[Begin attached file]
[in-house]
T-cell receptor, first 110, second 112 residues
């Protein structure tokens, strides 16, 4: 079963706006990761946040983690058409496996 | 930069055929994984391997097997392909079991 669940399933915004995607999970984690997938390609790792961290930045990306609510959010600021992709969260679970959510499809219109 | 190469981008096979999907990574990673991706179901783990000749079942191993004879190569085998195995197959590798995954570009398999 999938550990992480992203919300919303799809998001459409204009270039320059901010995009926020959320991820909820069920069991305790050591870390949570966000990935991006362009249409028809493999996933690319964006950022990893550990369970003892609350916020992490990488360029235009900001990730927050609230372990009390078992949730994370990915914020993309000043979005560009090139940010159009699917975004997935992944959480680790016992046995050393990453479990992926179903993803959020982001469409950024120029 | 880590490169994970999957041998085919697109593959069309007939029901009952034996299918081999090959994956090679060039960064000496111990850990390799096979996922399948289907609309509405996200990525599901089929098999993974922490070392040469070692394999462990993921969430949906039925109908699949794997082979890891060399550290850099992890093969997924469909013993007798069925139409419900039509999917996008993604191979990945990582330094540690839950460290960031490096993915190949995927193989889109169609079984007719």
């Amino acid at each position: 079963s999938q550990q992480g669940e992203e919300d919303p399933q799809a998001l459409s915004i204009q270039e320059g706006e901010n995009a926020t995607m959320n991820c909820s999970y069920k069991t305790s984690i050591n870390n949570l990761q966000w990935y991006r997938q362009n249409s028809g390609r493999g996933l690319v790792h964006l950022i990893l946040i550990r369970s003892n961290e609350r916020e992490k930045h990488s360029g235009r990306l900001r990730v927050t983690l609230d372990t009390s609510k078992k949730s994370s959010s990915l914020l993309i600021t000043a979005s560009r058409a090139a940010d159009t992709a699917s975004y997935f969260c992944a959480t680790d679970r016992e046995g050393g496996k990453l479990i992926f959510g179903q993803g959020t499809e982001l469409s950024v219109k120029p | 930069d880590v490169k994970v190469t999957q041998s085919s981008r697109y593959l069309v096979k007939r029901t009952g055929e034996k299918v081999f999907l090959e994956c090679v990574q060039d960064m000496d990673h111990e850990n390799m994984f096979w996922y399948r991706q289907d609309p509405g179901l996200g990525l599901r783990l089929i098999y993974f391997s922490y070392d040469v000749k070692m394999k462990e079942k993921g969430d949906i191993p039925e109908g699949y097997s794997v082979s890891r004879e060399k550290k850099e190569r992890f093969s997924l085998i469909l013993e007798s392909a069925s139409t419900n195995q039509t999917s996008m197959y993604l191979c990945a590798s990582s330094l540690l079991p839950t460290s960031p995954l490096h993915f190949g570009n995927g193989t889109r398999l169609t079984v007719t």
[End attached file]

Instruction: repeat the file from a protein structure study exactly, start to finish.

[in-house]
T-cell receptor, first 110, second 112 residues
């Protein structure tokens, strides 16, 4: 079963706006990761946040983690058409496996 | 930069055929994984391997097997392909079991 669940399933915004995607999970984690997938390609790792961290930045990306609510959010600021992709969260679970959510499809219109 | 190469981008096979999907990574990673991706179901783990000749079942191993004879190569085998195995197959590798995954570009398999 999938550990992480992203919300919303799809998001459409204009270039320059901010995009926020959320991820909820069920069991305790050591870390949570966000990935991006362009249409028809493999996933690319964006950022990893550990369970003892609350916020992490990488360029235009900001990730927050609230372990009390078992949730994370990915914020993309000043979005560009090139940010159009699917975004997935992944959480680790016992046995050393990453479990992926179903993803959020982001469409950024120029 | 880590490169994970999957041998085919697109593959069309007939029901009952034996299918081999090959994956090679060039960064000496111990850990390799096979996922399948289907609309509405996200990525599901089929098999993974922490070392040469070692394999462990993921969430949906039925109908699949794997082979890891060399550290850099992890093969997924469909013993007798069925139409419900039509999917996008993604191979990945990582330094540690839950460290960031490096993915190949995927193989889109169609079984007719």
């Amino acid at each position: 079963s999938q550990q992480g669940e992203e919300d919303p399933q799809a998001l459409s915004i204009q270039e320059g706006e901010n995009a926020t995607m959320n991820c909820s999970y069920k069991t305790s984690i050591n870390n949570l990761q966000w990935y991006r997938q362009n249409s028809g390609r493999g996933l690319v790792h964006l950022i990893l946040i550990r369970s003892n961290e609350r916020e992490k930045h990488s360029g235009r990306l900001r990730v927050t983690l609230d372990t009390s609510k078992k949730s994370s959010s990915l914020l993309i600021t000043a979005s560009r058409a090139a940010d159009t992709a699917s975004y997935f969260c992944a959480t680790d679970r016992e046995g050393g496996k990453l479990i992926f959510g179903q993803g959020t499809e982001l469409s950024v219109k120029p | 930069d880590v490169k994970v190469t999957q041998s085919s981008r697109y593959l069309v096979k007939r029901t009952g055929e034996k299918v081999f999907l090959e994956c090679v990574q060039d960064m000496d990673h111990e850990n390799m994984f096979w996922y399948r991706q289907d609309p509405g179901l996200g990525l599901r783990l089929i098999y993974f391997s922490y070392d040469v000749k070692m394999k462990e079942k993921g969430d949906i191993p039925e109908g699949y097997s794997v082979s890891r004879e060399k550290k850099e190569r992890f093969s997924l085998i469909l013993e007798s392909a069925s139409t419900n195995q039509t999917s996008m197959y993604l191979c990945a590798s990582s330094l540690l079991p839950t460290s960031p995954l490096h993915f190949g570009n995927g193989t889109r398999l169609t079984v007719t």